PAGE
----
Canadian Christianity has never experienced something like the divide under way over Franklin Graham’s preaching at Vancouver’s Festival of Hope March 3-5. Leaders from conservative evangelical churches, liberal Anglican, Catholic congregations and many more have posted a widely circulated public letter asking the world famous evangelist to step aside from preaching in Vancouver.
“We simply believe it is a mistake to think Franklin Graham’s political stances are immaterial to his presenting the Gospel” says a letter which claims to represent 60% of Christians in the metro area. Meanwhile, just as many other Christians are cheering Franklin Graham on, including a wide contingent of Vancouver’s ethnic churches, and will no doubt fill seats at all three nights of preaching and song at the Rogers Stadium.
It’s a great controversy, in fact, it’s super publicity for a healthy dialogue on what “the Gospel” means for Canadians. Rev. Franklin Graham follows the trailblazing steps of his father, Billy Graham, now 99 years of age, who preached to over 200 million people in 185 countries at huge stadium events, and those sermons are still in highlight reruns on weekly Canadian TV. Billy Graham was also politically connected and was called upon for personal counsel by every American President from Truman to George W. Bush. Occasionally, the elder Rev. Graham had to apologize when his political views strayed from the teachings of Jesus, and in the days when there was no Facebook page to emote on, press management of the conservative Rev. Graham was a much simpler thing.
Franklin Graham navigates the family pulpit in a vastly different way, he took the complicated work of being a global humanitarian and blended it with the power of a microphone for the Christian gospel. In January, Franklin Graham answered a plea from the World Health Organization for help in war torn Mosul, and opened an emergency clinic and figured out a way to care for both wounded civilians and ISIS fighters in the same facility. When the Ebola outbreak hit west Africa in 2014, Doctors without Borders handed over management of their overwhelmed clinics in Liberia and Monrovia to the Graham led charity, Samaritans Purse, for relief. Franklin Graham called his vast network of Christians to pray for Ebola to end, even as an ailing Samaritans Purse doctor, Kent Brantley, became the first person to use the experimental vaccine that eventually helped find the cure. I could go on to south Sudan, or Haiti where Franklin Graham led work has been the most trusted source to deliver United Nations food aid, but suffice it say, I think all these actions matter in evaluating Franklin Graham just as much as do his nasty statements about LGBT and Islam.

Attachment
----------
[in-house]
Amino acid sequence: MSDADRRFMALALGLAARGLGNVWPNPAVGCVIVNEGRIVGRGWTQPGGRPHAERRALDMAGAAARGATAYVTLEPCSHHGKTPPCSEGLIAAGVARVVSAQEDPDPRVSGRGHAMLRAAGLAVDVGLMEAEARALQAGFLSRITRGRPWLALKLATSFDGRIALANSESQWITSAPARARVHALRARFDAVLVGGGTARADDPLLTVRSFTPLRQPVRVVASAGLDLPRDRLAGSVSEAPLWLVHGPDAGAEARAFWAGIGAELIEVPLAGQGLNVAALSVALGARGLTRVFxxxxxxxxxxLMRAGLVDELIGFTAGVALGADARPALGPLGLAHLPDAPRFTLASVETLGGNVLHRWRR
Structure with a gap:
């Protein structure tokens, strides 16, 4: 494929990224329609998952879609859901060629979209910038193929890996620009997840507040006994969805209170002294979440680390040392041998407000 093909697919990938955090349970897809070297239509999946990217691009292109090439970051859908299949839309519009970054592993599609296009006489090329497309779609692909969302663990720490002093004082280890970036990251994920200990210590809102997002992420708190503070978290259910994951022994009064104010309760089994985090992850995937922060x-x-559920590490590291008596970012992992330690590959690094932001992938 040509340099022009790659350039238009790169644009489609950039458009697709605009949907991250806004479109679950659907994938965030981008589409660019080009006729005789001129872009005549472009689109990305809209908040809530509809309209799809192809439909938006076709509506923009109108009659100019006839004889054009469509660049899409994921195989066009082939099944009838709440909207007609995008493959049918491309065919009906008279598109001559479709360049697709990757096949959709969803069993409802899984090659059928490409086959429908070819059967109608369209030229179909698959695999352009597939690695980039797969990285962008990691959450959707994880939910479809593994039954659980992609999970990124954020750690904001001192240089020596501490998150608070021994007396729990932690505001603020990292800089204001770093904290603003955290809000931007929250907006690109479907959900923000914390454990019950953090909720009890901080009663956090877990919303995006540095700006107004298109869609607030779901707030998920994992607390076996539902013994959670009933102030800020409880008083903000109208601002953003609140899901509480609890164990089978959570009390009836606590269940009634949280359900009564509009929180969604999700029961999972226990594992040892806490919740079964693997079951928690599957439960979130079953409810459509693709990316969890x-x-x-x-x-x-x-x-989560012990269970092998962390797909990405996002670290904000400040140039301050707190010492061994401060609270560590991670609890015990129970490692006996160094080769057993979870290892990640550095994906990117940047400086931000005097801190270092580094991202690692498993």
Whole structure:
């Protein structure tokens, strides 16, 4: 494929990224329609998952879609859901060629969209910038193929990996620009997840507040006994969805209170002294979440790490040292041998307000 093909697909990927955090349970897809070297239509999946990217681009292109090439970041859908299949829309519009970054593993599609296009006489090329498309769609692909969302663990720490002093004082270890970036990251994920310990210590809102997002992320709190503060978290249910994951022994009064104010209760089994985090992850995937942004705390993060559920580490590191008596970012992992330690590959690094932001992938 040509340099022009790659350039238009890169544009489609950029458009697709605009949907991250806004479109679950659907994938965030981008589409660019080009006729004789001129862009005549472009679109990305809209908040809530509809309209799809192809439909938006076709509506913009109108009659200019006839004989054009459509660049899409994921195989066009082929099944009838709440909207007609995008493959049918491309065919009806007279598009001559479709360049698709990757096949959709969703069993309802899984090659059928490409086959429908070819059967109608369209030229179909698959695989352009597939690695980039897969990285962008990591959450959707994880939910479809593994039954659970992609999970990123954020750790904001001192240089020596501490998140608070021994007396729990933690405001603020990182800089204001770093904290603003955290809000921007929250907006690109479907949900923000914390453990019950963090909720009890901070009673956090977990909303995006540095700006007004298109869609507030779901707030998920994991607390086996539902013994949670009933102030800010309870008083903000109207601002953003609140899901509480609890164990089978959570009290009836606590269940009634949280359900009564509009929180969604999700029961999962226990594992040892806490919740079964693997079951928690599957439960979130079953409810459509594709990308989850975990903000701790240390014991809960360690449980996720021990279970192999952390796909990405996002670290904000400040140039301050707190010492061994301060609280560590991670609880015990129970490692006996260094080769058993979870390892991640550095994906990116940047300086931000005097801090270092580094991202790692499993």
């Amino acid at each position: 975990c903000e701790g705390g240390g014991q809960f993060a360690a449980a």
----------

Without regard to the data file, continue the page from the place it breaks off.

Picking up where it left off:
If we were perfect, we would not need Jesus. Therein lies the irony of watching a cowboy styled, gun slinging (Iiterally), President Donald Trump fan and advocate, step into the biggest pulpit in Canada for a Festival of Hope. If Franklin Graham is good enough for God’s hope, so am I. The views of the dissenting church leaders are completely valid, free speech in a world of God’s diversity is healthy, welcomed and since Christian community is to be marked by love, we should be able to be honest with our differences.
Rev. Franklin Graham and I are friends, we’ve been open with each other about the fissure in our approaches and if we had the time, I think we’d both quote Matthew 12:36 at each other; on judgement day, we will give account for every careless word we speak. For me, that’s how it works in the mystery of the larger story of God’s love for people. We live as a mess, all rather broken and reaching for something to get it right. Vancouver’s differences simply magnify the familiar ground of interpreting the gift of Jesus through our own lens of experiences and opinions. The wonder of it all is that God’s Holy Spirit will still be in the room, the press and the protest to draw people to Jesus.